When Clinton terminated welfare without a safety net for the women and children who would certainly fall hard (and they have), Democrats perhaps thought they could win on social justice issues in less obvious nooks and crannies. They did, a bit. The Family Leave Act was a victory for some of the middle class, but none of the working poor have jobs like that. When Clinton ditched world workers rights with NAFTA and gave the transnational corporations the hegemony of GATT, the Democrats thought they could look like savvy internationalists promoting laissez-faire. They helped to corrupt further that specious term. When Clinton inaugurated media’s despotism with the Telecom Act of 1996, they thought the deregulation haywagon had room for some affable hangers on. Of course four years later, when corporate media gave the Flying Simpleton an AWOL pass and pronounced Gore a wooden corpse, they probably didn’t remember voting Clear Channel in and themselves out. Abetting with consistency a Republican agenda for eight years and willing to argue the opposition but not seriously move the point, we locate the original Coalition of the Willing in the two national parties.
Two years after conceding (yes) the White House, does this duopoly still perpetuate among Democrats and Republicans? Will battles like the WMD issue be joined by friendly foes, with little gained in the public domain?
Here’s a test: when prescription drugs comes up, ask either party, “What’s 10% of nothing?” Sit back, relax, and listen to the duet. When the performance concludes, don’t tell your aging mother that you’ve been out all night with two shady drug dealers. Just go fill her prescriptions via Canada or Mexico–it will be years faster, much cheaper, and she’ll think more of you. Why have the Democrats allowed themselves to engage in this faux tussle? Isn’t national health care their issue? As the cleaning lady remarked as she swept out Gregor’s insect remains in The Metamorphosis, “Is that all there was?” No, there used to be more.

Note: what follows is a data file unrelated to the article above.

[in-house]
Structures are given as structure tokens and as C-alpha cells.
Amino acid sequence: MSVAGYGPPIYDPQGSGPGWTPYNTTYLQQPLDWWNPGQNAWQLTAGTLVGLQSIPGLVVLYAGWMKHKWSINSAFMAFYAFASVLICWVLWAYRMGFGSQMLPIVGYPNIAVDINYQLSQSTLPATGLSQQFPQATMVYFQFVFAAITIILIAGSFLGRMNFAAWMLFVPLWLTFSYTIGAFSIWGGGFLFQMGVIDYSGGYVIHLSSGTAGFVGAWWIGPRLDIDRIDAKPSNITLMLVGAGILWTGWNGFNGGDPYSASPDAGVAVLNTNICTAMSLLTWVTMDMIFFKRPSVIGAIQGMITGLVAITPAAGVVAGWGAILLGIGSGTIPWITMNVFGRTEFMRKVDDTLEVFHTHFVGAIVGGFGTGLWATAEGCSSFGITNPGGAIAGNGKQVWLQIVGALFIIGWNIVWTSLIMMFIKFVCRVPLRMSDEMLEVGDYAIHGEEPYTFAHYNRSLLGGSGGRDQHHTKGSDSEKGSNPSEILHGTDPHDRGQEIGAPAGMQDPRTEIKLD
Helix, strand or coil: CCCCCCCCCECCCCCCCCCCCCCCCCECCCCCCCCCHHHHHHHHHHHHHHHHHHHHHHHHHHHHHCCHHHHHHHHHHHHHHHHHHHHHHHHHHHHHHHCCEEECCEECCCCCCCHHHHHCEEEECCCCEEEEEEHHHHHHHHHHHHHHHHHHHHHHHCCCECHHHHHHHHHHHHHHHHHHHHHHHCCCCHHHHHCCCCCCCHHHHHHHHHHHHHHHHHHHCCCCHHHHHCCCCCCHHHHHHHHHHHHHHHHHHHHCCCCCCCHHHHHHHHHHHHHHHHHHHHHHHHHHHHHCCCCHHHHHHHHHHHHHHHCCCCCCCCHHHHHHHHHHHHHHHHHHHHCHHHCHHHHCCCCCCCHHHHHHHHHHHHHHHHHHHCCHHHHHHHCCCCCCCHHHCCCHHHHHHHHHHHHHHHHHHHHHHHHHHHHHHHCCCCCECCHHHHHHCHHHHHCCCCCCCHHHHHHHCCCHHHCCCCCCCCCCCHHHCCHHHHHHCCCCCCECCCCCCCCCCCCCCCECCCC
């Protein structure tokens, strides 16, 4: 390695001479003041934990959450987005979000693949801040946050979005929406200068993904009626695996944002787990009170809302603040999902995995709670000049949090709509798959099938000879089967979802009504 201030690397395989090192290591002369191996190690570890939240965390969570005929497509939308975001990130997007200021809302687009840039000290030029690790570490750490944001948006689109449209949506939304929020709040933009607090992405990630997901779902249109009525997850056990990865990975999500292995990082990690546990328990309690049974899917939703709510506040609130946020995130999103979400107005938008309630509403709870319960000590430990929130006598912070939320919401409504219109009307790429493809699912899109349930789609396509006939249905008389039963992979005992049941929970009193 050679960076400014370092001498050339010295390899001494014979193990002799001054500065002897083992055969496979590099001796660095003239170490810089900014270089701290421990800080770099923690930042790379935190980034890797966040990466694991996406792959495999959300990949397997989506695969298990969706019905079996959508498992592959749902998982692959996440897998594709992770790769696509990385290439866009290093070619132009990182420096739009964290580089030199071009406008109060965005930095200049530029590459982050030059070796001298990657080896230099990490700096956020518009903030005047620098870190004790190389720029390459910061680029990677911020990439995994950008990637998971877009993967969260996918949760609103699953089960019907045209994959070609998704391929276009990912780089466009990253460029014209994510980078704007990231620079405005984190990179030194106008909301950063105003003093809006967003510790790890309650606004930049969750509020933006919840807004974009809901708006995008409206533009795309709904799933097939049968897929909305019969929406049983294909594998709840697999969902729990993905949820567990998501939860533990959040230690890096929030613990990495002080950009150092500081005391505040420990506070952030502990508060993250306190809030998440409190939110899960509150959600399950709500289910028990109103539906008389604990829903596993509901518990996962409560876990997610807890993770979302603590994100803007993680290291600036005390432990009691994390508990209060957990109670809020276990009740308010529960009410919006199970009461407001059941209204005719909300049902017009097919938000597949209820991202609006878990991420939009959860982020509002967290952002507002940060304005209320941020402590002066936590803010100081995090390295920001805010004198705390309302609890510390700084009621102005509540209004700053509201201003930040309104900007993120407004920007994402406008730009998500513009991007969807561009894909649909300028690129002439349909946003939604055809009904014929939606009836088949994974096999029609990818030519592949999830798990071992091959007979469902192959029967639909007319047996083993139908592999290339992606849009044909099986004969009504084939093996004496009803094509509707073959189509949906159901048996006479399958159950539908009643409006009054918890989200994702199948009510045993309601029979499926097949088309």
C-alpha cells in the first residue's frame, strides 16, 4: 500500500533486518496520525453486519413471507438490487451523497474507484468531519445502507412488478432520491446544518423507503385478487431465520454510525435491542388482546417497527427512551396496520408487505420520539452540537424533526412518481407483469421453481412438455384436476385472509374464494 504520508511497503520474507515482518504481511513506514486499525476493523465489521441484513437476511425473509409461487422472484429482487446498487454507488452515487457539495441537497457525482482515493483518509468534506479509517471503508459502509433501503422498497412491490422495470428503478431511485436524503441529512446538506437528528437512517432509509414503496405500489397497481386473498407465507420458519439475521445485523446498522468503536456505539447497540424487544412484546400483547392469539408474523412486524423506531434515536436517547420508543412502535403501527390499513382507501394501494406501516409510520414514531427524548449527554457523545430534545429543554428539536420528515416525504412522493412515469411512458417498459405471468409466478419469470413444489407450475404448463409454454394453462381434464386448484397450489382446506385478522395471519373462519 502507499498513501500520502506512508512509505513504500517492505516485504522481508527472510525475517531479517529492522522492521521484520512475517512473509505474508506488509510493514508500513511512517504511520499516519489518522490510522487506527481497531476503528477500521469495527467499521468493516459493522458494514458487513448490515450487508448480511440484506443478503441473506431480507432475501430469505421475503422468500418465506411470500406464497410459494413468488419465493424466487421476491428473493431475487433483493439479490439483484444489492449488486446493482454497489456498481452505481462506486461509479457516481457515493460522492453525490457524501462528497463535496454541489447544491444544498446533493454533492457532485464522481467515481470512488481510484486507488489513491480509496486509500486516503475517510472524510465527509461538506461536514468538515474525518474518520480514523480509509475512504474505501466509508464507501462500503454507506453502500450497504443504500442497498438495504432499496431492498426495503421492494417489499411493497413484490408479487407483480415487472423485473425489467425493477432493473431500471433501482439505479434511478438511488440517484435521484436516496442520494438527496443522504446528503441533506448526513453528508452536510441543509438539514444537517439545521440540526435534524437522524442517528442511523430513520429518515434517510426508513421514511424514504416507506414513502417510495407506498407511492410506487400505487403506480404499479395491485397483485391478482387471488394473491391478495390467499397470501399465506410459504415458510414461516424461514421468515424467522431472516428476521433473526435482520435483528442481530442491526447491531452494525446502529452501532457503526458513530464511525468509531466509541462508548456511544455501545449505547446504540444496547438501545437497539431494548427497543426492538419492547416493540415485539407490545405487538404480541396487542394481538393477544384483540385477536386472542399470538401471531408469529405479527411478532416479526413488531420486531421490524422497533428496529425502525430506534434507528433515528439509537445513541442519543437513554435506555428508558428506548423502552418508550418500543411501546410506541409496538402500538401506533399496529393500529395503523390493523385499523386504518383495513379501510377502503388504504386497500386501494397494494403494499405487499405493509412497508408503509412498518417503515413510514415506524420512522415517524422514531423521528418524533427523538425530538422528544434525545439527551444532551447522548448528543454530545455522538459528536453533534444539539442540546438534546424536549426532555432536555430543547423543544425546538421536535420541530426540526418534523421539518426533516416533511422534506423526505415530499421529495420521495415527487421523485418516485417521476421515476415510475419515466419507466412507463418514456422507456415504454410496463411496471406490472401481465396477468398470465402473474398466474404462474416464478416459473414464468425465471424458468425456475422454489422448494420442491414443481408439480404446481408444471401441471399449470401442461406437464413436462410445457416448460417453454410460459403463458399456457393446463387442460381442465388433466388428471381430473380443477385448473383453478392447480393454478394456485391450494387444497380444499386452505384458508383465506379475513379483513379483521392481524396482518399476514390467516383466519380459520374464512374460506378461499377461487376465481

During the recent Take Back America conference, Bill Moyers drew the progressive movement’s egalitarian ideas and substantial victories forward to the Great Society years of the sixties. From there, the Democratic unhopefuls took turns denying their own self-accusing charges of a “Shadow Republican Party” and of drinking too much “Republican Lite.” Their idea to bring it up, these vigorous repudiations sounded like much too protested an innocence “I did it,” you could hear Dave Matthews singing, “Guilty as charged.” The Democrats have not yet relearned to speak without reacting, in detail, to the Other’s agenda.